When I first arrived at Brigham Young University, I came as a mathematics major, with the vague notion that I wanted to become a cosmologist. (I had almost gone to Caltech, which, in retrospect, would have been a significant mistake.) Also, I seem to recall that I just thought that mathematics was the most purely intellectual of all subjects, something wonderfully admirable, so that was what I wanted to do.
I soon realized, though, that mathematics was not my passion, and also that I wasn’t especially good at it. I mean, I wasn’t bad. I could earn A’s. But I didn’t think that I would or could be much of a contributor. For one thing, I just wasn’t that interested.
I’m reminded of a story about Henry B. Eyring, of the First Presidency.
As a college student, he often worked out physics problems with his father — who also bore the name Henry Eyring, and who was a world-renowned scientist — on a basement blackboard.
One day, the senior Eyring commented, “We were working a problem just like this a week ago. You don’t seem to understand it much better. Isn’t this what you think about all the time?”
His son, Hal, answered that no, it wasn’t. Perhaps just a tad disappointed, but perhaps not, Henry Eyring the father offered some very valuable advice: “Find something, Hal, to do that you think about all the time, that you enjoy so much that when you don’t have to think about it, that’s what you think about.”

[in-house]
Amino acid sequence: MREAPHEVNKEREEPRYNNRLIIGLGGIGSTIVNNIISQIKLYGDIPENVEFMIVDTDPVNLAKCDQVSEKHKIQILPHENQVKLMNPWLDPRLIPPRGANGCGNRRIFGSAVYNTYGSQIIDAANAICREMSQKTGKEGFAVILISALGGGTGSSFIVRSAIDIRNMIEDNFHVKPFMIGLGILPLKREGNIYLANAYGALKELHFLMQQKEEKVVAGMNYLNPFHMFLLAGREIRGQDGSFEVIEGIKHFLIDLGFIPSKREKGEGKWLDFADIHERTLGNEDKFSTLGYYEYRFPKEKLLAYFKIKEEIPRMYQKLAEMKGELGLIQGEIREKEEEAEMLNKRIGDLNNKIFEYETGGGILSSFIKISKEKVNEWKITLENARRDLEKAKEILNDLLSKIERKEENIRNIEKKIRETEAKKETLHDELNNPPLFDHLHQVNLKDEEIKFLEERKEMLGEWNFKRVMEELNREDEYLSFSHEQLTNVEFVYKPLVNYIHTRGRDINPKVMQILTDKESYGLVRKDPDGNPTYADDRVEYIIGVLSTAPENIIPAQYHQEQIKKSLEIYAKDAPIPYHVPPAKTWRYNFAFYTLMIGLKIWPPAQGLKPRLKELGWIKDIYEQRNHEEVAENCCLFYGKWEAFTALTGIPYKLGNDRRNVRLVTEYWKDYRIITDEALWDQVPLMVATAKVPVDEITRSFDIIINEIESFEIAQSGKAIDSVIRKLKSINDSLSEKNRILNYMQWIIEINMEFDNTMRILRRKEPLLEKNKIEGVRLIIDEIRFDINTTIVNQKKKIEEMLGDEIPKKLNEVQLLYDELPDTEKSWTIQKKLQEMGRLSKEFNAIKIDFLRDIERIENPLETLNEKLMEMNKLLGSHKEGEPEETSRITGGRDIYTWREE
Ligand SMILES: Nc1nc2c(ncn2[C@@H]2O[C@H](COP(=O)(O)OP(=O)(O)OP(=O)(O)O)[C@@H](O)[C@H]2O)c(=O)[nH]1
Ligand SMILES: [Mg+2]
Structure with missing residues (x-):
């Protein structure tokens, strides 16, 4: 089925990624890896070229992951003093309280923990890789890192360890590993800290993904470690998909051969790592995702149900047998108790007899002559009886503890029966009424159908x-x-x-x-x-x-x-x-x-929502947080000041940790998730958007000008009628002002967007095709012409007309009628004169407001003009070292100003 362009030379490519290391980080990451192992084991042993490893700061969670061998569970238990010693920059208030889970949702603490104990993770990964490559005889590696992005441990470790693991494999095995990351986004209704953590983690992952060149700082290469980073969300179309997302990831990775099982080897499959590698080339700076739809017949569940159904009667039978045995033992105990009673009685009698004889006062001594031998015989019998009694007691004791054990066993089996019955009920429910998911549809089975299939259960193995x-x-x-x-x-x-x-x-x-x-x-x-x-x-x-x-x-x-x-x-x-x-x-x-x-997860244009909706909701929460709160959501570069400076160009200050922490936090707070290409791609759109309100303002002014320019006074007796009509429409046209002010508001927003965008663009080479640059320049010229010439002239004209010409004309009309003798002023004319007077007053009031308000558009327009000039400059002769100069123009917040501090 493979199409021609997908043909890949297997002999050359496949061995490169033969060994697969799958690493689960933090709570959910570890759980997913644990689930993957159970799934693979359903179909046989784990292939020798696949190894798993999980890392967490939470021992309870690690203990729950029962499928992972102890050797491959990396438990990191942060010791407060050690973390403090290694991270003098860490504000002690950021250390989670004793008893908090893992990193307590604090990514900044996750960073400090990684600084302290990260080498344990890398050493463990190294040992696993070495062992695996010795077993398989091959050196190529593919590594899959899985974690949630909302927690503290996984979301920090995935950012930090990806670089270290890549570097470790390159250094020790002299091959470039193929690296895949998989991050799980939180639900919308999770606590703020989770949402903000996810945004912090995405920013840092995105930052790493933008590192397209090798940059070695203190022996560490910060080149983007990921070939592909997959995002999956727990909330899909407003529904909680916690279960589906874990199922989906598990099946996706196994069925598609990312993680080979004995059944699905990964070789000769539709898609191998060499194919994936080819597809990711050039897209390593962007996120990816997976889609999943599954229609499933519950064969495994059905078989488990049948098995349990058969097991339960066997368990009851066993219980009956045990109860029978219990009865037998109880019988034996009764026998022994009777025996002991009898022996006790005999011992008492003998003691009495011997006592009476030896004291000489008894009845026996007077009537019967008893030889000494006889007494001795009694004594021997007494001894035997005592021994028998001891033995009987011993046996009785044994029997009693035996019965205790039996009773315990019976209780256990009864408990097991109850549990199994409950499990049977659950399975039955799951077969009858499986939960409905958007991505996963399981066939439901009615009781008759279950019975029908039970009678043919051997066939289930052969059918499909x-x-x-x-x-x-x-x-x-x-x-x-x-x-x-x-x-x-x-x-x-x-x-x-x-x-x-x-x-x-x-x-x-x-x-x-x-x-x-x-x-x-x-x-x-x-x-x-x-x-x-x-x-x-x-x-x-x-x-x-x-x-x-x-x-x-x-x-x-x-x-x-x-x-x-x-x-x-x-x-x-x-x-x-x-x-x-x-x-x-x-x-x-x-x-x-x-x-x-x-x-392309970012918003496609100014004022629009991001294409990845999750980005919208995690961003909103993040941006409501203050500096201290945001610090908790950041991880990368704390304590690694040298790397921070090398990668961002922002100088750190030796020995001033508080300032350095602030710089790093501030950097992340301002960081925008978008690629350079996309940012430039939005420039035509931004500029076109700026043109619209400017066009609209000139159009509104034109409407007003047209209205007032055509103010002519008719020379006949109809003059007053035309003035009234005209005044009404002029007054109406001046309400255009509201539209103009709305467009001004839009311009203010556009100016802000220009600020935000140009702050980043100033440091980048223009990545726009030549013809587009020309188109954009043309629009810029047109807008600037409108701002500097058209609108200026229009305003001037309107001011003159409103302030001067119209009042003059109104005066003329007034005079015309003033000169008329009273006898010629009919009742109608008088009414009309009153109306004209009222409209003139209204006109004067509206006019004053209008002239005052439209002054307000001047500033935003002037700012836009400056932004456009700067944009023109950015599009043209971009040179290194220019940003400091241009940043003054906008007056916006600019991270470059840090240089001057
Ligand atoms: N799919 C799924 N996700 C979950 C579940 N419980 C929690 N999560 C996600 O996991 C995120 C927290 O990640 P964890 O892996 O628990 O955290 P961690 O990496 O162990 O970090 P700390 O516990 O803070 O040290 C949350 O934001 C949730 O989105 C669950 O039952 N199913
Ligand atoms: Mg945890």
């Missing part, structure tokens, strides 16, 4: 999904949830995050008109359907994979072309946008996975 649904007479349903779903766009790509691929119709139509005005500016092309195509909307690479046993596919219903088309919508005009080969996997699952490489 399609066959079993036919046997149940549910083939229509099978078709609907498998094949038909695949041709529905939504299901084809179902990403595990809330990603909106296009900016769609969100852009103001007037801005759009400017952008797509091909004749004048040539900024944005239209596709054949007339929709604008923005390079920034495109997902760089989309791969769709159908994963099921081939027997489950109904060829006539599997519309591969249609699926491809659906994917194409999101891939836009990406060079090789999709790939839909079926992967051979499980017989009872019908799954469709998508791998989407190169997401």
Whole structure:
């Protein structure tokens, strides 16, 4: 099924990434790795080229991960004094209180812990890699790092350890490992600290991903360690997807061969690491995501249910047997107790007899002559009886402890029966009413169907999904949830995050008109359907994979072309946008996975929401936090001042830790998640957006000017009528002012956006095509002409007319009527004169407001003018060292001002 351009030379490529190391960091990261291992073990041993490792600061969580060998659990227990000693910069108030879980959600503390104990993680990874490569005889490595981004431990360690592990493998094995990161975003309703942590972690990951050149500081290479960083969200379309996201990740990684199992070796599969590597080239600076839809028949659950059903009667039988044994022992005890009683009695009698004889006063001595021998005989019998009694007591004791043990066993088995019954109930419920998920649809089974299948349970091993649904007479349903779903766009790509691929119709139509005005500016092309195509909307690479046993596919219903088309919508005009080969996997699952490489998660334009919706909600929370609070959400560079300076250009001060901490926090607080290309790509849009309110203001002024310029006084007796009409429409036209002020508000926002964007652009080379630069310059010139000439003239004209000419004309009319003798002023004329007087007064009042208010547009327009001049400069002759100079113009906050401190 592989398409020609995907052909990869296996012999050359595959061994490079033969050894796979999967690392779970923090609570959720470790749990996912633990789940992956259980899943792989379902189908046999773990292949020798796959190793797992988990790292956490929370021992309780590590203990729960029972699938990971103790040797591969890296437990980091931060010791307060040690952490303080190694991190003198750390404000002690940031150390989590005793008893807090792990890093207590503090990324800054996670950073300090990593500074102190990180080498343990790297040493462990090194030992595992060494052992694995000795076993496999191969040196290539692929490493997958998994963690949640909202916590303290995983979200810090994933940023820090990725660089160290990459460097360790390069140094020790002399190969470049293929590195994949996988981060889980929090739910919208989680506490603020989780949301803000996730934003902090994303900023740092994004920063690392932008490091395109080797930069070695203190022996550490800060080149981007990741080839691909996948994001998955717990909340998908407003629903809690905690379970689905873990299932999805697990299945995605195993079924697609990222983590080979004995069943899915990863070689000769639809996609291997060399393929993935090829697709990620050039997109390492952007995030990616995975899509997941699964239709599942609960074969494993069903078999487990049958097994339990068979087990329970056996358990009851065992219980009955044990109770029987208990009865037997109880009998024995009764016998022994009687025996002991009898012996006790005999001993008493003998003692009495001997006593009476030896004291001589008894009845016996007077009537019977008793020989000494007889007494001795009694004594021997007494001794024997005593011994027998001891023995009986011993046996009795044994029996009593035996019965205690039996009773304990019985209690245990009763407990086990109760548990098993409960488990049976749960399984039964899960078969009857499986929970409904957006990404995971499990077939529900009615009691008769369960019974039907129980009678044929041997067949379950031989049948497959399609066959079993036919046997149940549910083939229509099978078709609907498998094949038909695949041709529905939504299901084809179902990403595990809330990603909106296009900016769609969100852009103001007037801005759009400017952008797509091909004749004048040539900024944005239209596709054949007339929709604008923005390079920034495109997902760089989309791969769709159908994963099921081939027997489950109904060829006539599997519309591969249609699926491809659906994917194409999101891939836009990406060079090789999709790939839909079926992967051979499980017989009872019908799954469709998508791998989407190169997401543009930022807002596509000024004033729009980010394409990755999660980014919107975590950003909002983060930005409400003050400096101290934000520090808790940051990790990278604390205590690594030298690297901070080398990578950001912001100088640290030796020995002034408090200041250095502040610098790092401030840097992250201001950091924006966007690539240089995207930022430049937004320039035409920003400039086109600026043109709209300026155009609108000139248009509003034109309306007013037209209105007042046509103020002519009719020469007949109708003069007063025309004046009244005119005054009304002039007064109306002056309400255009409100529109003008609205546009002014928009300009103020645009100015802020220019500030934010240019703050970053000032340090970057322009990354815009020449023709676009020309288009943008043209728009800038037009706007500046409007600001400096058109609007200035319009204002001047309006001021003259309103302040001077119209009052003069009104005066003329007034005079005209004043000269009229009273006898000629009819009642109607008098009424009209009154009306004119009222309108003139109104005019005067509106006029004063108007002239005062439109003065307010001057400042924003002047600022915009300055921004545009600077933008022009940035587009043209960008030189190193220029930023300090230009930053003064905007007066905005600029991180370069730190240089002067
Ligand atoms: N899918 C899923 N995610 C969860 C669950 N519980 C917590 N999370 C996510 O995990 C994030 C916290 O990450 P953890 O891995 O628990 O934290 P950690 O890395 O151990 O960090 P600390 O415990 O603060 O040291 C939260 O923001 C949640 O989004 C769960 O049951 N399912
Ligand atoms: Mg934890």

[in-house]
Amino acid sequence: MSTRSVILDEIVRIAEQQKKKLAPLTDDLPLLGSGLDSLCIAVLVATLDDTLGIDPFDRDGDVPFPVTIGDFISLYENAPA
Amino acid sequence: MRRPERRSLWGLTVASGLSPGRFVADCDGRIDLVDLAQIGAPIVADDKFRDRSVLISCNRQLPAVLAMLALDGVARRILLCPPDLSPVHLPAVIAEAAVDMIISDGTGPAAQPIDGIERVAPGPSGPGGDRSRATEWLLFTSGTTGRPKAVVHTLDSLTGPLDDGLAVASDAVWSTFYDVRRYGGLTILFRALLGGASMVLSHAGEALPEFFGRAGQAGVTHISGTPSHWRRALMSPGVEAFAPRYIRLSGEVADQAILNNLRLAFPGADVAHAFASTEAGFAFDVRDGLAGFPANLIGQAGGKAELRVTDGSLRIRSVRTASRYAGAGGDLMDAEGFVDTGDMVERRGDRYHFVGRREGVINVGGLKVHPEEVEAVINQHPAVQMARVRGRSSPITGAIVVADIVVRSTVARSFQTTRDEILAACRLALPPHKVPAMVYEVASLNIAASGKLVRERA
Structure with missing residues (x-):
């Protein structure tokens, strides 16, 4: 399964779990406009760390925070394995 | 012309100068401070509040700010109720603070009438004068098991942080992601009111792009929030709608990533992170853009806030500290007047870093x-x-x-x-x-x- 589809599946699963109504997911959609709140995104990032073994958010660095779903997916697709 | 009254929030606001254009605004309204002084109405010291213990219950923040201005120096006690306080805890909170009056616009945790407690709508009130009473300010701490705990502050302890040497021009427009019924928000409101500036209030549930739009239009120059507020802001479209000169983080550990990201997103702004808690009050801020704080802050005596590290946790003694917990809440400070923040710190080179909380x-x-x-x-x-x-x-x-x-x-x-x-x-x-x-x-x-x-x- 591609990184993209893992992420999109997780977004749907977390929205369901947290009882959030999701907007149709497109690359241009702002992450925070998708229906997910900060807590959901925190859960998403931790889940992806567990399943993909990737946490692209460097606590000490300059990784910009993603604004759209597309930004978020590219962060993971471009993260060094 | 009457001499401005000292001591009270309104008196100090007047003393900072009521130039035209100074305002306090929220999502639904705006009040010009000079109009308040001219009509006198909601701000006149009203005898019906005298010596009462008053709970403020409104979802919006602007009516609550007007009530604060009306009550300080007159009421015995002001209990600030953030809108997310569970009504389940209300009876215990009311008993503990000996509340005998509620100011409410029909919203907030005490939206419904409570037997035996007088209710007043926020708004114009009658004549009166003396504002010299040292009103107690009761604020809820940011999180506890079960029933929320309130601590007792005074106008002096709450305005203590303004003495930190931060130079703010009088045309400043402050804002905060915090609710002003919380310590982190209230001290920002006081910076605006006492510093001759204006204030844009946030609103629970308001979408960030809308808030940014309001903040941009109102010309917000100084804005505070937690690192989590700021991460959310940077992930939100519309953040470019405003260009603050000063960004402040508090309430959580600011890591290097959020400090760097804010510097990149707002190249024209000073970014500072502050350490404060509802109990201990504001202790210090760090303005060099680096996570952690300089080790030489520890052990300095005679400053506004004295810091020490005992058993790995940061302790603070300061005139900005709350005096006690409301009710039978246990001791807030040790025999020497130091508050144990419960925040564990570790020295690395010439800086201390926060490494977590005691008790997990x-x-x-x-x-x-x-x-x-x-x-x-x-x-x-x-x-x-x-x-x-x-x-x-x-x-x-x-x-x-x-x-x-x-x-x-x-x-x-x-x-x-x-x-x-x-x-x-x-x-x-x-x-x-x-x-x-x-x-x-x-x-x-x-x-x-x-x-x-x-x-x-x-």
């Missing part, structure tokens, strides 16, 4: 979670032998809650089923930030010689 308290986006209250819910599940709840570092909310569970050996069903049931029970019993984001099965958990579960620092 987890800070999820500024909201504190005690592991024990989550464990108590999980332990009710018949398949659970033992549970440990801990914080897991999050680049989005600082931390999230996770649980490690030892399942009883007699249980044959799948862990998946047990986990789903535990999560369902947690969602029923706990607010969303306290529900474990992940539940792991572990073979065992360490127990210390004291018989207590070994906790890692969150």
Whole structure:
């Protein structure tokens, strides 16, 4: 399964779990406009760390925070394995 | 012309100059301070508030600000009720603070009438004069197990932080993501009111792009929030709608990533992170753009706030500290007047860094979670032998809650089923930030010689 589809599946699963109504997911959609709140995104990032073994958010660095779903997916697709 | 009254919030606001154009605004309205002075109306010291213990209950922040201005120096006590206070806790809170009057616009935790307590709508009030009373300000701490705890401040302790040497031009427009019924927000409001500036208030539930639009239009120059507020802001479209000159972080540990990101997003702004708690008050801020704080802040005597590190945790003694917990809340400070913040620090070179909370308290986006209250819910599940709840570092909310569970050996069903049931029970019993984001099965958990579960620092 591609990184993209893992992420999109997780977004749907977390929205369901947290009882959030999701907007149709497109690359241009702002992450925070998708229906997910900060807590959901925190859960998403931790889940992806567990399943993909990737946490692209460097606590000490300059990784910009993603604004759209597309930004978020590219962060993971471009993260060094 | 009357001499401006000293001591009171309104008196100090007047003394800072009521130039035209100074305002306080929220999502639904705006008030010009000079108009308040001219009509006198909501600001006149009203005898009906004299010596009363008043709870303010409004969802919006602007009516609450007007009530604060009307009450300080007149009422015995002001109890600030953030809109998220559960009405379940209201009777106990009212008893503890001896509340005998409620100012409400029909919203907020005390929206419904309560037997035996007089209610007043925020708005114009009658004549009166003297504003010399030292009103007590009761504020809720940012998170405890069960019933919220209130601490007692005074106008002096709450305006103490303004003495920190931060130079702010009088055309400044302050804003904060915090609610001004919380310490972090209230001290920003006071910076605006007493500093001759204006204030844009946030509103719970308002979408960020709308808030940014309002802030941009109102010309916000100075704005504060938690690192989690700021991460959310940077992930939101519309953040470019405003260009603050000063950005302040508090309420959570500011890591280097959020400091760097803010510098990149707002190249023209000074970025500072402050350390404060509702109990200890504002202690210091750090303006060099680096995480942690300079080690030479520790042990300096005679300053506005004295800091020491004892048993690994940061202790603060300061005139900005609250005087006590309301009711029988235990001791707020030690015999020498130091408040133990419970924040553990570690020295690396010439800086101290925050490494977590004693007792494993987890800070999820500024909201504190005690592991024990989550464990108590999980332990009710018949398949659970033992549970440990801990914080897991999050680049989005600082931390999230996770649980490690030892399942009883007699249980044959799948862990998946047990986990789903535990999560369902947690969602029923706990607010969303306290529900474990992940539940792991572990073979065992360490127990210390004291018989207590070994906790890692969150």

In recent years, I had been reading Hugh Nibley, and I was much smitten with him. I discovered that history, and specifically the history of religion, was what really intrigued me, and I’ve been at it ever since.
I graduated from BYU in classical Greek, with a minor in philosophy. (No major was available at the time.) But, naïvely, I thought that the study of classical Greek was played out by then, and I feared devoting my life to the particle τε in the works of some obscure Hellenistic poet.
I’ve long since realized that late or post-classical antiquity is a treasure-trove of underappreciated and understudied people and thoughts, and that I could have burrowed happily into that world. Or I could have become a Byzantinist; I woud have been happy as a Byzantinist. Instead, though, I decided to focus on the Middle East, and particularly on the then-neglected (or so it seemed to me, and so it certainly was among Latter-day Saints) world of Islam.
But my interests have never been purely focused on Islam, and, although I’m fairly described as an Islamicist — or, using a word that I’ve never really adopted as my own, as an Islamologist — I really see myself as a historian of religion, and, particularly, as a historian of religious thought.
Thus, my interest in Mormon scripture is, in a very real sense, of a piece with my classes on the Qur’an and my conception and founding of BYU’s former Middle Eastern Texts Initiative.
Posted from St. George, Utah